4. Be honest. While it seems so self-explanatory, it’s just good practice. Any lies or embellishment will either be found out then or shortly afterward. If that is the case, you’ve undermined the enitre process, and wasted both of your time.

5. Under-promise and over-deliver. A basic customer service principle that applies just as strongly to this situation – because you are working with your internal customer. Making guarantees to fix something might seem all well and good, until other facts or forces beyond your control hamper you from making the solution happen as you told them. Instead, let them know you will both commit to finding a solution, and to keep them appraised of the steps towards resolving their concerns. Then follow through. By keeping them up to date, they see you are taking their concerns seriously, and respecting their input.

6. Thank them for their efforts. Leave the conversation making sure that the person knows their value to the company, and that you recognize it as well. Lead them to be inspired to better action, attitude, and trust by letting them know you appreciate them and that it’s a pleasure and a privilege to work alongside them.

Temperature checks can be great, informal ways to have a dialogue with your people and get their views on your culture and what’s working, or not. By following the above steps you can transform your culture, deepen employee engagement, and build stronger levels of trust by simply valuing your people’s feelings, thoughts, and skills.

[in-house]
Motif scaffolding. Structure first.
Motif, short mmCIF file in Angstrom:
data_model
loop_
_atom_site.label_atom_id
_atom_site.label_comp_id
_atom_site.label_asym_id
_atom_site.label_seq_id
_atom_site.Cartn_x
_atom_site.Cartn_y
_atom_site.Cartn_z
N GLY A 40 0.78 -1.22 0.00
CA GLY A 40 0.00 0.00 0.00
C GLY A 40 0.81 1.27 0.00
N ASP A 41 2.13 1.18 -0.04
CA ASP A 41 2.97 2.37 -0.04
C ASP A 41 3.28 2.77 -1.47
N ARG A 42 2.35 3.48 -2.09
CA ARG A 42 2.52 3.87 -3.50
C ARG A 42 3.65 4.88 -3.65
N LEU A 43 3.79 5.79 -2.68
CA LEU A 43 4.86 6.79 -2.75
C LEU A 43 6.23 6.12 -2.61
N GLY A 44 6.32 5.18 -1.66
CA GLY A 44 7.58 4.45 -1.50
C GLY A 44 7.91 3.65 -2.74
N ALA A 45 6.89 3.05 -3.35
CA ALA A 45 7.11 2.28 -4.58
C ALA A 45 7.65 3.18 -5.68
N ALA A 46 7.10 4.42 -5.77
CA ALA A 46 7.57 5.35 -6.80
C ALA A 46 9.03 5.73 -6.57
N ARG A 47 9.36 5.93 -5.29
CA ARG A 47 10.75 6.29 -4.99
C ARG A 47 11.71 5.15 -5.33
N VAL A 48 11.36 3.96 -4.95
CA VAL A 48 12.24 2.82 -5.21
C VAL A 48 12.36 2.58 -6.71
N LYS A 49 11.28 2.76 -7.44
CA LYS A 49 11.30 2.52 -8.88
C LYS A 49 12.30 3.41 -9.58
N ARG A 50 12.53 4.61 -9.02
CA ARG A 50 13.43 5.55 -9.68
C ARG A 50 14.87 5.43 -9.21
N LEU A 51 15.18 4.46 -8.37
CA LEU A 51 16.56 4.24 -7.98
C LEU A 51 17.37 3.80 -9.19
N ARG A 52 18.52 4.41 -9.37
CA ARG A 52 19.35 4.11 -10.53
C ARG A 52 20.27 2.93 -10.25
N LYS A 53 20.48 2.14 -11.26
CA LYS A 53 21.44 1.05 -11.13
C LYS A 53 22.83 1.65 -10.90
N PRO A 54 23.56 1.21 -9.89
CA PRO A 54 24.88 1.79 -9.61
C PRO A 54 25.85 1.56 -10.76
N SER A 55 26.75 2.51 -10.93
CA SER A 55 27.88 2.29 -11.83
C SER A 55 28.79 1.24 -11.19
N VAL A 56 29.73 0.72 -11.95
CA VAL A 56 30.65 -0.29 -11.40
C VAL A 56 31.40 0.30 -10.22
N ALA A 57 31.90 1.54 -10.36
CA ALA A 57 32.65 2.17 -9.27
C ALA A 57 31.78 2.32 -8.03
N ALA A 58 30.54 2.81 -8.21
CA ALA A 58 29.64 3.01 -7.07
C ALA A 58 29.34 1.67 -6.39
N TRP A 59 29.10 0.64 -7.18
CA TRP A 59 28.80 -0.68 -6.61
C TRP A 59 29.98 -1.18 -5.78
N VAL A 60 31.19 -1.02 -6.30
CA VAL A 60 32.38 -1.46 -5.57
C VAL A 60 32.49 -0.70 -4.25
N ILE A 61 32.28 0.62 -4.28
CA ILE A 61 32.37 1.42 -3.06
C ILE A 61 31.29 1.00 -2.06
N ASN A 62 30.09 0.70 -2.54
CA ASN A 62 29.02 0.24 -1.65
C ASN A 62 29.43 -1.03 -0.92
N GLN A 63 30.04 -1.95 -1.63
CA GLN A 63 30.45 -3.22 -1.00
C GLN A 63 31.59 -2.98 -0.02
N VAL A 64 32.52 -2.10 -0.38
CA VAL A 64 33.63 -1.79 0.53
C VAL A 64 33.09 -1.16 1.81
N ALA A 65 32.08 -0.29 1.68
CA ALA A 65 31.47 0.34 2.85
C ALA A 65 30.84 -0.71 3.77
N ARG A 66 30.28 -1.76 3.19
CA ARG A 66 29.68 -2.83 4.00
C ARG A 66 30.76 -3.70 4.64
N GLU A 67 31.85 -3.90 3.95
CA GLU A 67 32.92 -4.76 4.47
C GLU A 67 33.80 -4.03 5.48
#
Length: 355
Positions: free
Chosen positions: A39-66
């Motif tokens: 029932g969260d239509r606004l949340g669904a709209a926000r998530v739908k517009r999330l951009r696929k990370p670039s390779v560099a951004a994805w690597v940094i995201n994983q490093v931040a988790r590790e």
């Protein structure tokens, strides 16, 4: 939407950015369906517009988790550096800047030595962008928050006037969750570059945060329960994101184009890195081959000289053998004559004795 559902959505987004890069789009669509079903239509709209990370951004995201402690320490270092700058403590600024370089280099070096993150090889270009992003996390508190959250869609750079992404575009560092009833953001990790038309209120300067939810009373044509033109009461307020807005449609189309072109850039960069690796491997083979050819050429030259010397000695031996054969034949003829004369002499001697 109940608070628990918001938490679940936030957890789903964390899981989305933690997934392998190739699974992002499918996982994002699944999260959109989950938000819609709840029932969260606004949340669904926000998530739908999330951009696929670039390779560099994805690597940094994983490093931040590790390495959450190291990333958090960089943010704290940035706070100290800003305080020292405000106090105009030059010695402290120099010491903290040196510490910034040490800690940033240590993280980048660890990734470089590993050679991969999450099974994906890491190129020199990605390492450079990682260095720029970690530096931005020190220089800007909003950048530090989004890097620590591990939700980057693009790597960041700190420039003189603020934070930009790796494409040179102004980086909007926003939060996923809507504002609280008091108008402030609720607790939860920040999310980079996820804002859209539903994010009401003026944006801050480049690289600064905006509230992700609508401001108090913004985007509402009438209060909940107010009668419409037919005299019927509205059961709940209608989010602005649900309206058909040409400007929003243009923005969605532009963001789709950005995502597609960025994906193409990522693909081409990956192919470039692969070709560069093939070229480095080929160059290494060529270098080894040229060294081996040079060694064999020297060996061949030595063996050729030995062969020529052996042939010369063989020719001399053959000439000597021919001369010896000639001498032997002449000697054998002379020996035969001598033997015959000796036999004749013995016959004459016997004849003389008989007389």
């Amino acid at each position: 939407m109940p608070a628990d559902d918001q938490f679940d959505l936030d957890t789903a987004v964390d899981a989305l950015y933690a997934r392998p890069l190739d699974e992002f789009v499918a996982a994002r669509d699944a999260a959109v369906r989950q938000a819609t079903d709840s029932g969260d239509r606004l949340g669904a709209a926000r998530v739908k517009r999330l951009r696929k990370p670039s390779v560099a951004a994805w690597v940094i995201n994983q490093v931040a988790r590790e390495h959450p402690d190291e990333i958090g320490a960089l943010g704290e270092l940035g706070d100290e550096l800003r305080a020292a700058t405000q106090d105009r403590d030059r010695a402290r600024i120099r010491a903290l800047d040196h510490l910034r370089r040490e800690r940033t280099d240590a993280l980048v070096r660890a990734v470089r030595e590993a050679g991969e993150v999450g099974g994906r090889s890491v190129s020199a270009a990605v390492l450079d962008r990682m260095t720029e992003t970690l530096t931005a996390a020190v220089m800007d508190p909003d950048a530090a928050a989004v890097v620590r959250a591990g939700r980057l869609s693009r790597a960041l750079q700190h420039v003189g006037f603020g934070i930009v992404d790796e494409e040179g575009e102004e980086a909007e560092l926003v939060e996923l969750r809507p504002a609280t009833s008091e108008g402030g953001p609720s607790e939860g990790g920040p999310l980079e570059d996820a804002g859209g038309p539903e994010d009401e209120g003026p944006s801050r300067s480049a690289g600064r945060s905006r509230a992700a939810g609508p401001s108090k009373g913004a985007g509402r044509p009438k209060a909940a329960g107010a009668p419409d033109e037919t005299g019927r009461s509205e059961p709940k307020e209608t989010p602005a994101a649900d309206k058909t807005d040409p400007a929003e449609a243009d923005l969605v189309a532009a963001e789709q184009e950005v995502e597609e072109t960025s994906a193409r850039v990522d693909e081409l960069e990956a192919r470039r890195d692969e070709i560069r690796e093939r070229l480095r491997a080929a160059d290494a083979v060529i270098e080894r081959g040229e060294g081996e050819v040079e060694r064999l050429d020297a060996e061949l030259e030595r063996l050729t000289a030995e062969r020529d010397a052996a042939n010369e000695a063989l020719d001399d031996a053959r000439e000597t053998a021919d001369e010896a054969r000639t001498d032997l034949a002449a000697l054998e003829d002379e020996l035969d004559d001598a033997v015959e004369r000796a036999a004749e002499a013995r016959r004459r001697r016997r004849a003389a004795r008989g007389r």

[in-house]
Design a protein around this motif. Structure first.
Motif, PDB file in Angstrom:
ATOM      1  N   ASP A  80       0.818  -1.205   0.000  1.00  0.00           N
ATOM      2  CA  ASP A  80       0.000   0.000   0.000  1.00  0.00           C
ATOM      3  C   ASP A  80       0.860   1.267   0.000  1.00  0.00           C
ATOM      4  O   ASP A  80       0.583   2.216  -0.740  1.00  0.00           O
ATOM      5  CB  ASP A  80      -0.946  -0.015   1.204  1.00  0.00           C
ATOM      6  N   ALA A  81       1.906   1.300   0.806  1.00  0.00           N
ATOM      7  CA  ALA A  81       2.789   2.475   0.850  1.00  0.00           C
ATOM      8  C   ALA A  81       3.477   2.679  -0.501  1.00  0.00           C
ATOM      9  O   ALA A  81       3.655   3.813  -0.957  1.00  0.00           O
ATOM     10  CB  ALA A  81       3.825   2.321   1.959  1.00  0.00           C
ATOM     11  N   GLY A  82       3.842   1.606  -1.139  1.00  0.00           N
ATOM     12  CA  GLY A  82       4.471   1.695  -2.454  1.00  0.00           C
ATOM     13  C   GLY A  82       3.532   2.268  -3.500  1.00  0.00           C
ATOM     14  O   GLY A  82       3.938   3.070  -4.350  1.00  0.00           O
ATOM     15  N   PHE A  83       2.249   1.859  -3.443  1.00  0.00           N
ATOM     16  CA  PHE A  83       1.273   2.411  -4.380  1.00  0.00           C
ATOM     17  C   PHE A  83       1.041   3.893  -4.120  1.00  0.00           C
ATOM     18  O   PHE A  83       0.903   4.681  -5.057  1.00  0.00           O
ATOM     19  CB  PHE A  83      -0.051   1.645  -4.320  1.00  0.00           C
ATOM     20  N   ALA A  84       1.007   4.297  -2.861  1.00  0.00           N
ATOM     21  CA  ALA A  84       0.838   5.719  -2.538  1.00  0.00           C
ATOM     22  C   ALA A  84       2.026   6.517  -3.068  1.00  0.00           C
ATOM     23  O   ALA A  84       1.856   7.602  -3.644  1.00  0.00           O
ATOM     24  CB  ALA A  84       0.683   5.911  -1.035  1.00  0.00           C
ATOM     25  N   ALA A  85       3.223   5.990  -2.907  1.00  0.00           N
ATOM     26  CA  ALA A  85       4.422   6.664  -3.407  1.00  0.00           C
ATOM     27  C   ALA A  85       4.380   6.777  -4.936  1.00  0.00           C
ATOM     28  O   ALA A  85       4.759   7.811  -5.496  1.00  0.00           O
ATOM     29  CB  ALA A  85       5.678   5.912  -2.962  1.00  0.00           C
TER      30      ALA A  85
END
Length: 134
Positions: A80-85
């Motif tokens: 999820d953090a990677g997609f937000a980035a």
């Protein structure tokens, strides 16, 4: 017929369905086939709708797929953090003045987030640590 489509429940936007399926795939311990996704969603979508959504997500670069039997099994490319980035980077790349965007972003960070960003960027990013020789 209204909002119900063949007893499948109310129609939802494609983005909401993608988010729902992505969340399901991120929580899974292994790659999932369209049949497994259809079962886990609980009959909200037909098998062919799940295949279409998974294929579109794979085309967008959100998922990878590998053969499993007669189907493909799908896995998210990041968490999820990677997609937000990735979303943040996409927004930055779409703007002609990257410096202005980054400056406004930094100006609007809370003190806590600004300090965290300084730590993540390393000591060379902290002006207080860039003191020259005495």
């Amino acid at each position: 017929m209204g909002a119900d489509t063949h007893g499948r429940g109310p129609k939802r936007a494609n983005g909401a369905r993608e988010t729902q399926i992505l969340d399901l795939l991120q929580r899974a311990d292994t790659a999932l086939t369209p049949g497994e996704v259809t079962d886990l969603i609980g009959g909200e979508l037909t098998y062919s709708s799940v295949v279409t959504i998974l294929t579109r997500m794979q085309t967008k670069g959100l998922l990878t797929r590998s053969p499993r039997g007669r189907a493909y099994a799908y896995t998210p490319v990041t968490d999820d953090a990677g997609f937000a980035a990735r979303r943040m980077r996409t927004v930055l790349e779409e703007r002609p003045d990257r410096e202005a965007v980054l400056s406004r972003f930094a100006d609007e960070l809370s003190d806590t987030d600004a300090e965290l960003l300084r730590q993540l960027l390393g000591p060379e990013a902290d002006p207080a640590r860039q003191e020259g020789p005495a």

(image: pixaby)

How To Fix A Toxic Culture? Dilute It!


A number of years ago there came to light a scientific case study called “The Dilution Effect

It posited that an increase in species to create a greater biodiversity could greatly reduce the risk of Lyme disease in humans.  Thus, generating a broader spectrum across an ecosystem could prevent the environment that allows Lyme to reside and infect ticks that spread the disease.

While the research is still being done to prove this study, there is a laboratory where dilution can help mitigate a toxic environment. The workplace.

A toxic culture is usually the presence of counter-cultural individuals and/or teams within an organization that threaten to poison the current environment.